am9b14476_si_002.mp4 (4.16 MB)
Two-Sided Topological Architecture on a Monolithic Flexible Substrate for Ultrasensitive Strain Sensors
mediaposted on 2019-11-08, 18:37 authored by He Yu, Yunlu Lian, Teng Sun, Xiaonan Yang, Yang Wang, Guangzhong Xie, Xiaosong Du, Jun Gou, Weizhi Li, Huiling Tai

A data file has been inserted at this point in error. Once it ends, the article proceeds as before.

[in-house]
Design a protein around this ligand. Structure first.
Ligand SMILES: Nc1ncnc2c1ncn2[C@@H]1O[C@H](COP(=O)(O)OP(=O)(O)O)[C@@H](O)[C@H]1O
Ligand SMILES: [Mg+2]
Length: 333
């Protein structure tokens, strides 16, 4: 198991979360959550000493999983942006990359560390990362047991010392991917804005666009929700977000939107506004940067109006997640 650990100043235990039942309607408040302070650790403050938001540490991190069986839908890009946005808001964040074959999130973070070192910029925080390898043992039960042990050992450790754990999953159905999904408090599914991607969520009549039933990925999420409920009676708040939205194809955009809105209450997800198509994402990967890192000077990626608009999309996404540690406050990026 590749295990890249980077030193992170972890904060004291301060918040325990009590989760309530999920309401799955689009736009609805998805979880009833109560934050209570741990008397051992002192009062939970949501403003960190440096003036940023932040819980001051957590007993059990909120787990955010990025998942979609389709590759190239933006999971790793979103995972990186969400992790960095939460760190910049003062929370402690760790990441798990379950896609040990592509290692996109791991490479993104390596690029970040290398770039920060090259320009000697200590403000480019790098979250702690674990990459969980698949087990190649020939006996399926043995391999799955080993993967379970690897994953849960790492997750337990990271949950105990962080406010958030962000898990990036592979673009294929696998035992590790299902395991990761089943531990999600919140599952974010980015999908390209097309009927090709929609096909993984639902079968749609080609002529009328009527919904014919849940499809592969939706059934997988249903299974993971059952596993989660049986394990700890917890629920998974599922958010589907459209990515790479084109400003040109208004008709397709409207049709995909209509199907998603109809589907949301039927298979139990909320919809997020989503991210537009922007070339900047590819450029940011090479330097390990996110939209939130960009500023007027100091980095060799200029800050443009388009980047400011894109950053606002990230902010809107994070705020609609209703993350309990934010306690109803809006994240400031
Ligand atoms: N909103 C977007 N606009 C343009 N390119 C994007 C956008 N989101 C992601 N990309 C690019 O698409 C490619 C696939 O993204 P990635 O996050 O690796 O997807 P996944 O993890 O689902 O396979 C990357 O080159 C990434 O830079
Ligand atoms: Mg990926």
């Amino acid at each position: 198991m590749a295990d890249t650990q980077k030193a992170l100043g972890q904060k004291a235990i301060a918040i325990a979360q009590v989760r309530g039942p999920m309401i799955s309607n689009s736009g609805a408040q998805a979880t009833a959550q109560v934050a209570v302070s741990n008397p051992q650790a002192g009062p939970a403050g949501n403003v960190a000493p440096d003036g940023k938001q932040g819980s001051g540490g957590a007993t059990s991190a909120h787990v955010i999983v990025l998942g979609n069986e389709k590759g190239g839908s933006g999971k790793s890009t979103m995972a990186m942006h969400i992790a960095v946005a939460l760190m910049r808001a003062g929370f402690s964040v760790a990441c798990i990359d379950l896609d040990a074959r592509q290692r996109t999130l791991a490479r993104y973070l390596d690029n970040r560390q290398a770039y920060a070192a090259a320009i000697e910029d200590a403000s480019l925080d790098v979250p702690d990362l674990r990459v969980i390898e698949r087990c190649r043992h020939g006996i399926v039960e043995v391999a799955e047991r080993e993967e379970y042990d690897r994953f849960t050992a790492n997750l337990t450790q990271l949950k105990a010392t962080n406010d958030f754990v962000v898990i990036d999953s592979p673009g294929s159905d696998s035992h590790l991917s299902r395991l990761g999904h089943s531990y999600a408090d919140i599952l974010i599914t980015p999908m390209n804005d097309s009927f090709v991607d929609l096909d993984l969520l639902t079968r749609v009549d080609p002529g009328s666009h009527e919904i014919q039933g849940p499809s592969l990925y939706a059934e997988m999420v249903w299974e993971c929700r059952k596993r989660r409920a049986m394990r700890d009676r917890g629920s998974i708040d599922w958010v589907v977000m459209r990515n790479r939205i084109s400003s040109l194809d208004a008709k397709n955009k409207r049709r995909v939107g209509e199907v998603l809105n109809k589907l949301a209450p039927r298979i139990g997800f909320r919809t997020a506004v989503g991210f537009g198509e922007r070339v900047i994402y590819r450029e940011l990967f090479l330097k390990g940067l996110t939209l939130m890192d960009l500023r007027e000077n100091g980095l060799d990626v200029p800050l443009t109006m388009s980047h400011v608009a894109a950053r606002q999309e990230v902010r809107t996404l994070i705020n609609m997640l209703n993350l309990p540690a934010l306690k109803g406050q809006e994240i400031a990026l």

Flexible ultrasensitive strain sensors are highly desirable in view of their widespread applications in wearable electronics, health monitoring systems, and smart robots, where subtle strain detection is required. However, traditional fabrication of such sensors was done to prepare sensitive layers on bare or single-sided structural substrates, leading to limited sensitivity. Herein, a stretchable resistive-type strain sensor was demonstrated by self-assembling conductive networks onto a monolithic polydimethylsiloxane substrate with a two-sided topological design, for example, a sinusoid/auxetic binary architecture. The sensitivity of the obtained sensor was greatly improved by 22-fold as compared to the traditional counterpart with a bare substrate. The remarkably good agreement between the experimental results and finite element analysis predictions confirmed that the superior sensitivity is a synergistic effect of local strain enhancement derived from the topological structure on the foreside and an additional strain concentration and a reduced Poisson’s ratio from the auxetic arrays on the backside. Furthermore, this sensor can withstand an extreme mechanical force (>750 N) because of the shear stiffening characteristic of the auxetic structure. Benefiting from the characteristics of ultrahigh sensitivity (gauge factor ∼1744 at 5%), low detection limit (<0.05%), and long-term durability (>500 loading cycles), this as-prepared sensor shows promise in practical applications of high-performance wearable electronics.